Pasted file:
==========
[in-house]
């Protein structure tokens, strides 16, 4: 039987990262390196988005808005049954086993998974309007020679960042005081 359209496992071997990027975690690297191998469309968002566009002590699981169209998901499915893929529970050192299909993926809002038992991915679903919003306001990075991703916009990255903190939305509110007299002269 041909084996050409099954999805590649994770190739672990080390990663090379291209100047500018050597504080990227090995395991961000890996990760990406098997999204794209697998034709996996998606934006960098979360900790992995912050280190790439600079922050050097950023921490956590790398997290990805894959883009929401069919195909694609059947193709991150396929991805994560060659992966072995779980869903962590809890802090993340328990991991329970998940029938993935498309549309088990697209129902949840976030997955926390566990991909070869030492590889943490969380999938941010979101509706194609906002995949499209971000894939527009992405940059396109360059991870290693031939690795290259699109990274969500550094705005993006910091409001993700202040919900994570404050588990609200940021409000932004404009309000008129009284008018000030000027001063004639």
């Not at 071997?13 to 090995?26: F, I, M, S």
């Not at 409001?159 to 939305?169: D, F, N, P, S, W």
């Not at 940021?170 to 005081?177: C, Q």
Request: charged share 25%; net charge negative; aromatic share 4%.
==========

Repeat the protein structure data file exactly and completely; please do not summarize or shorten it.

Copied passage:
[in-house]
């Protein structure tokens, strides 16, 4: 039987990262390196988005808005049954086993998974309007020679960042005081 359209496992071997990027975690690297191998469309968002566009002590699981169209998901499915893929529970050192299909993926809002038992991915679903919003306001990075991703916009990255903190939305509110007299002269 041909084996050409099954999805590649994770190739672990080390990663090379291209100047500018050597504080990227090995395991961000890996990760990406098997999204794209697998034709996996998606934006960098979360900790992995912050280190790439600079922050050097950023921490956590790398997290990805894959883009929401069919195909694609059947193709991150396929991805994560060659992966072995779980869903962590809890802090993340328990991991329970998940029938993935498309549309088990697209129902949840976030997955926390566990991909070869030492590889943490969380999938941010979101509706194609906002995949499209971000894939527009992405940059396109360059991870290693031939690795290259699109990274969500550094705005993006910091409001993700202040919900994570404050588990609200940021409000932004404009309000008129009284008018000030000027001063004639």
């Not at 071997?13 to 090995?26: F, I, M, S």
């Not at 409001?159 to 939305?169: D, F, N, P, S, W």
């Not at 940021?170 to 005081?177: C, Q």
Request: charged share 25%; net charge negative; aromatic share 4%.